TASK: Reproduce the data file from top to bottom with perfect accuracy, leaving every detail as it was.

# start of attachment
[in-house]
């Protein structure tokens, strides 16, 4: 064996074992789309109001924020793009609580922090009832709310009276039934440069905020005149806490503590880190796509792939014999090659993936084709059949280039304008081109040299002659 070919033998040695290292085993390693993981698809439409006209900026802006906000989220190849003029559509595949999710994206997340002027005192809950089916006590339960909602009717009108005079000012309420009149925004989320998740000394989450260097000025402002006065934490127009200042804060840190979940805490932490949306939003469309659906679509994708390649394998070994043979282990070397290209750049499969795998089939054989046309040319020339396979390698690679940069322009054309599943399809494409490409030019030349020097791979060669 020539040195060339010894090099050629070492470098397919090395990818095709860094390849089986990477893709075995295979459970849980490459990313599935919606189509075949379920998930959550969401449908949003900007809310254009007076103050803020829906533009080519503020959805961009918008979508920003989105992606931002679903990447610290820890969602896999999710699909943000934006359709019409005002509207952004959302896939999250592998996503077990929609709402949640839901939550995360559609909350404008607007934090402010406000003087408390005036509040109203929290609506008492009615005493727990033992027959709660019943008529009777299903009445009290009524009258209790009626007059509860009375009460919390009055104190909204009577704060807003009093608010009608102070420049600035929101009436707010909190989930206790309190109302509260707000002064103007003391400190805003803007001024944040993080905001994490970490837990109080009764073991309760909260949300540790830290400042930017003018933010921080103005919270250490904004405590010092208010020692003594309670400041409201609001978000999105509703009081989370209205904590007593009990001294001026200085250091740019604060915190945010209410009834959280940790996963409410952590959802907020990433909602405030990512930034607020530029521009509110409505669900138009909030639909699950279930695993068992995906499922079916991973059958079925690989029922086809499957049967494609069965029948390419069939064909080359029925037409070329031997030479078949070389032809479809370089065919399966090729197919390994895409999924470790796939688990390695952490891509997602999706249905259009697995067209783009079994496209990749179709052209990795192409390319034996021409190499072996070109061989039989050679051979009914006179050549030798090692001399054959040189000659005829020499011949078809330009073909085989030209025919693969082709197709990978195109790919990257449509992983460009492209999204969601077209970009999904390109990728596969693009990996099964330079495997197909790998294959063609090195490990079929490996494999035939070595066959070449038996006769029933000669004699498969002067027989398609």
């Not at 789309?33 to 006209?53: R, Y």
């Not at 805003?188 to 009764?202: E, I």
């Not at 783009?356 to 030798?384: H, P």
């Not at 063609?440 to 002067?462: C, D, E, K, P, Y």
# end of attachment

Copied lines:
[in-house]
């Protein structure tokens, strides 16, 4: 064996074992789309109001924020793009609580922090009832709310009276039934440069905020005149806490503590880190796509792939014999090659993936084709059949280039304008081109040299002659 070919033998040695290292085993390693993981698809439409006209900026802006906000989220190849003029559509595949999710994206997340002027005192809950089916006590339960909602009717009108005079000012309420009149925004989320998740000394989450260097000025402002006065934490127009200042804060840190979940805490932490949306939003469309659906679509994708390649394998070994043979282990070397290209750049499969795998089939054989046309040319020339396979390698690679940069322009054309599943399809494409490409030019030349020097791979060669 020539040195060339010894090099050629070492470098397919090395990818095709860094390849089986990477893709075995295979459970849980490459990313599935919606189509075949379920998930959550969401449908949003900007809310254009007076103050803020829906533009080519503020959805961009918008979508920003989105992606931002679903990447610290820890969602896999999710699909943000934006359709019409005002509207952004959302896939999250592998996503077990929609709402949640839901939550995360559609909350404008607007934090402010406000003087408390005036509040109203929290609506008492009615005493727990033992027959709660019943008529009777299903009445009290009524009258209790009626007059509860009375009460919390009055104190909204009577704060807003009093608010009608102070420049600035929101009436707010909190989930206790309190109302509260707000002064103007003391400190805003803007001024944040993080905001994490970490837990109080009764073991309760909260949300540790830290400042930017003018933010921080103005919270250490904004405590010092208010020692003594309670400041409201609001978000999105509703009081989370209205904590007593009990001294001026200085250091740019604060915190945010209410009834959280940790996963409410952590959802907020990433909602405030990512930034607020530029521009509110409505669900138009909030639909699950279930695993068992995906499922079916991973059958079925690989029922086809499957049967494609069965029948390419069939064909080359029925037409070329031997030479078949070389032809479809370089065919399966090729197919390994895409999924470790796939688990390695952490891509997602999706249905259009697995067209783009079994496209990749179709052209990795192409390319034996021409190499072996070109061989039989050679051979009914006179050549030798090692001399054959040189000659005829020499011949078809330009073909085989030209025919693969082709197709990978195109790919990257449509992983460009492209999204969601077209970009999904390109990728596969693009990996099964330079495997197909790998294959063609090195490990079929490996494999035939070595066959070449038996006769029933000669004699498969002067027989398609």
């Not at 789309?33 to 006209?53: R, Y």
């Not at 805003?188 to 009764?202: E, I």
């Not at 783009?356 to 030798?384: H, P």
């Not at 063609?440 to 002067?462: C, D, E, K, P, Y």